Crime Drop Linked To Data Monitoring
Sunday, November 16, 2008
If rural St. Mary's County's experience with a big-city crime-fighting model has proved anything, police say, it is that playing by the numbers is a good bet, even if the numbers are not very high.
For the first six months of this year, crime in St. Mary's dropped 2 percent compared with the same period last year. Officials said the decrease is partly attributable to the sheriff's implementation of CompStat, a program that allows commanders to review crime data on a weekly basis and allocate resources accordingly.
"We never did that before," said St. Mary's Sheriff Timothy K. Cameron (R). "All cylinders of the engine weren't all in sync. We didn't talk to each other."
By comparison, crime in Charles County increased nearly 8 percent during the first six months of this year, and crime in Calvert County increased about 21 percent, according to Maryland State Police data.
It sounds like common sense: Put your cops where the crime is, and hold regular meetings to make sure agency divisions communicate. But when St. Mary's began using CompStat in January, it was the first agency in Southern Maryland to do so. The program originated in the 1990s in New York City and is used by most large police departments.
The St. Mary's incarnation of CompStat has led to some major breaks in cases and some less noticeable ones, Cameron said.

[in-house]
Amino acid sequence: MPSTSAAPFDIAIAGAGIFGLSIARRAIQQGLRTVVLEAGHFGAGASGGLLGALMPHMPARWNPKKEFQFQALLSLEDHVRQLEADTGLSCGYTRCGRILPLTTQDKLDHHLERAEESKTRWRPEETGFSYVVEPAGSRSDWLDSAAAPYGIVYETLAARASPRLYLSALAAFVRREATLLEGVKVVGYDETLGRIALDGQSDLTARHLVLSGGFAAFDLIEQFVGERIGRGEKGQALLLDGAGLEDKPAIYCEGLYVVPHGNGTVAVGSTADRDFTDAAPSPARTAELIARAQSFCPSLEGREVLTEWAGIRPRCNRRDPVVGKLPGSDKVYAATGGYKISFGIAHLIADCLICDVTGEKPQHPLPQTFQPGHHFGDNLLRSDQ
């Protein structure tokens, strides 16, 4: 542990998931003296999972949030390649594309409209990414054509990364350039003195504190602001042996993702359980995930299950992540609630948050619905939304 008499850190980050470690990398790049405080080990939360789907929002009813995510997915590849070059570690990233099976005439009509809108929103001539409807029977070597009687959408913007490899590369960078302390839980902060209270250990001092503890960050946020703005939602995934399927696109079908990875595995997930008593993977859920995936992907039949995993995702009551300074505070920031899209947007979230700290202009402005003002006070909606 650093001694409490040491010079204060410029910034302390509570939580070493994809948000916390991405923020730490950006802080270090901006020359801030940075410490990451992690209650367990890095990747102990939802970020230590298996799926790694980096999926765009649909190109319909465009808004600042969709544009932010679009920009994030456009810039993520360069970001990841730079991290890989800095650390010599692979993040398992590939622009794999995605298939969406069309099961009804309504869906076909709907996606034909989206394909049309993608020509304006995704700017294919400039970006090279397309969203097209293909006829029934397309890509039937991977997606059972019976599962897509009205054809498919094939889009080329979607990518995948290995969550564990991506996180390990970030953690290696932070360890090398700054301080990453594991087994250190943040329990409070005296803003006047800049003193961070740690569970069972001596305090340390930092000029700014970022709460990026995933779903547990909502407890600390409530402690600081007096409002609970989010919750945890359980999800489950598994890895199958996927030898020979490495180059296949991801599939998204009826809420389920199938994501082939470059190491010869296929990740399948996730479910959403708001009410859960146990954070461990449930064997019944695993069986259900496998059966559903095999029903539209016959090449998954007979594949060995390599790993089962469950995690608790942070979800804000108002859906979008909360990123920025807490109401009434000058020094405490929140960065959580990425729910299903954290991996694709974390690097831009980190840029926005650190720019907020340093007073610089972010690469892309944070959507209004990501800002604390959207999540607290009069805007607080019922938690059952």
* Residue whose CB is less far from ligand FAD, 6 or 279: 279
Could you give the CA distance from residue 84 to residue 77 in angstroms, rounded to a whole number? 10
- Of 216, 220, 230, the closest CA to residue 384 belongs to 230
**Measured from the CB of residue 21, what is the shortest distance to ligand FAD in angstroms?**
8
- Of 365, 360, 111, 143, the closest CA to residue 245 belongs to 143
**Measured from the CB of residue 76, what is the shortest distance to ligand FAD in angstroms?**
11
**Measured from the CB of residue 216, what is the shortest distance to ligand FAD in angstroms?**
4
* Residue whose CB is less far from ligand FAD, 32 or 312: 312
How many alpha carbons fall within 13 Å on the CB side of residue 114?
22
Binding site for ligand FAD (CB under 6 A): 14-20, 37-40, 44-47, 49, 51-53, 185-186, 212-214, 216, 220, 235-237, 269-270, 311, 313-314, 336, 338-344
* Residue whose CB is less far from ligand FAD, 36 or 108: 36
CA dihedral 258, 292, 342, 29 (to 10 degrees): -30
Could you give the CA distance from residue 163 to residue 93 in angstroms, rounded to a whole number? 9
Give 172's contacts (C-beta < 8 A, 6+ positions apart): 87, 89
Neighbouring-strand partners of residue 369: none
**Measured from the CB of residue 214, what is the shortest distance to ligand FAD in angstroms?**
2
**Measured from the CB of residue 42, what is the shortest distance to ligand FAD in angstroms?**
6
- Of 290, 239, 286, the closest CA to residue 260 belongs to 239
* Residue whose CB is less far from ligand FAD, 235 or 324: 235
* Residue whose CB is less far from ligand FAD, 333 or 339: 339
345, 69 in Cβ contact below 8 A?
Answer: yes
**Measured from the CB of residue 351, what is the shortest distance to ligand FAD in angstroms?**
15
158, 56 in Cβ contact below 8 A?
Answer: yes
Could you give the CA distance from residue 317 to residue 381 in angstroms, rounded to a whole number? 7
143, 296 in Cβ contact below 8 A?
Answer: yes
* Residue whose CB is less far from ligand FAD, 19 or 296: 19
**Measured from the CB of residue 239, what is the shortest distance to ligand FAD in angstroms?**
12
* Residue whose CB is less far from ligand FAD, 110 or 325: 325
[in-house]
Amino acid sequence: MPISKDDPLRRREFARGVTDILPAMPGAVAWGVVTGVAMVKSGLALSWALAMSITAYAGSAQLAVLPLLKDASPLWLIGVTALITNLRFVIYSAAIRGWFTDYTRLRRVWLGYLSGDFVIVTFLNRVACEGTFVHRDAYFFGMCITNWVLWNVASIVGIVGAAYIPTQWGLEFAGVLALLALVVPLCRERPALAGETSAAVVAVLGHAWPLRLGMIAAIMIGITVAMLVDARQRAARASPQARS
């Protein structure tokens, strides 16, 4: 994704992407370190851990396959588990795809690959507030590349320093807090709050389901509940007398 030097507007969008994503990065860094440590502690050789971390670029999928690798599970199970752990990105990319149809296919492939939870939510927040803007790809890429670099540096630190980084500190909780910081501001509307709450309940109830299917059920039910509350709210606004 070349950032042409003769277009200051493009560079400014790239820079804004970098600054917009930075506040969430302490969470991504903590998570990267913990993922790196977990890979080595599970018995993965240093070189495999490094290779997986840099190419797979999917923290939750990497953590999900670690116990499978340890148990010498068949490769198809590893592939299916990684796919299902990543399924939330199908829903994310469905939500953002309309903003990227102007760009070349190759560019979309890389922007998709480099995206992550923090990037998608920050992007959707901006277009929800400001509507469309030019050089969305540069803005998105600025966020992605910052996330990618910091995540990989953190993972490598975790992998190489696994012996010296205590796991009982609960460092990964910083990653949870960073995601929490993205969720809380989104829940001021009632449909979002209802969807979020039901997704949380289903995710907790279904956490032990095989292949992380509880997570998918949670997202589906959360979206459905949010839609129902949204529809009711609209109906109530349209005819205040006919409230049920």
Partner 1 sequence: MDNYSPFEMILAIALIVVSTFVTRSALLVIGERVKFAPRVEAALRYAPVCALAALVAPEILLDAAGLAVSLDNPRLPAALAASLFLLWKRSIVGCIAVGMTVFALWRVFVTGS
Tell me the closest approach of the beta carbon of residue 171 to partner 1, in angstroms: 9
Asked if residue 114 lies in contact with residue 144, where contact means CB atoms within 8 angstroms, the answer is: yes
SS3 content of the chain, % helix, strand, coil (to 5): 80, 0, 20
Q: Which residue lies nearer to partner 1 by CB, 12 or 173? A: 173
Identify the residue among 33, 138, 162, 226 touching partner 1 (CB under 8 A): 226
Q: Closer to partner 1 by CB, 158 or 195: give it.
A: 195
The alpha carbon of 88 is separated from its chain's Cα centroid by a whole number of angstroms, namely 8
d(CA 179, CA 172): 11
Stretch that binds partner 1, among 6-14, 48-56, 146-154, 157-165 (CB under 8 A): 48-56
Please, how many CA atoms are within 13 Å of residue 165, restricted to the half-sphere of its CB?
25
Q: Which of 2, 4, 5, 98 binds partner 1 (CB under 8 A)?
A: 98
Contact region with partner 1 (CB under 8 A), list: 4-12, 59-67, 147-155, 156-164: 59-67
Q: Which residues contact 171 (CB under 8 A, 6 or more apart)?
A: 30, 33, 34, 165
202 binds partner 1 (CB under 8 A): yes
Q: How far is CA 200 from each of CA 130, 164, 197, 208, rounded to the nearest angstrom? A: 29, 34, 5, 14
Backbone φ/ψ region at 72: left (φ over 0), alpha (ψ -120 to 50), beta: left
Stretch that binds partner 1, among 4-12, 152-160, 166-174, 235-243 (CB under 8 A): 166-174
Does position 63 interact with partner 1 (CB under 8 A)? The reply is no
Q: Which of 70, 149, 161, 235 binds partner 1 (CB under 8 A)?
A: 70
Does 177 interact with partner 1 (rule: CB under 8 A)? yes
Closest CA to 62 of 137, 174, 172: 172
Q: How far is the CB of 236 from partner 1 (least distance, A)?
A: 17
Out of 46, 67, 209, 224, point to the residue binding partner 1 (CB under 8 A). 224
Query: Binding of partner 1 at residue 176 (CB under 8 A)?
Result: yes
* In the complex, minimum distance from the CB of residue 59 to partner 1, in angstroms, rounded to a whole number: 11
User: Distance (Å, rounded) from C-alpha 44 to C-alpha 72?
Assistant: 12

At one meeting, he said, commanders reviewed an incident report of a man looking at child pornography on a computer in his car. They contacted the FBI, which can generally prosecute such cases, and learned that the man had molested a 3-year-old girl, Cameron said.
"If it hadn't been for that conversation, that [report] would've been filed, and that would've continued to happen," the sheriff said.
The sheriff's office received a $15,000 grant, mainly for equipment, from the Governor's Office of Crime Control and Prevention to implement CompStat. The money was part of more than $337,000 the governor's crime office gave to data-driven and community policing efforts in St. Mary's.
"The concept of CompStat and data-driven policing is something that we want to be able to expose local law enforcement to," said Kristen Mahoney, executive director of the crime control and prevention office. "These local law enforcement agencies no longer have to police in the dark."
At a recent CompStat meeting in St. Mary's, commanders turned their attention to what might have seemed like minor crimes: a photographer suspected of stalking his ex-girlfriend, a schizophrenic man allegedly trespassing at a library and a rash of flat-screen TV thefts.
"Where are they going?" Cameron asked no one in particular. "Somewhere, there's got to be a flat-screen road show."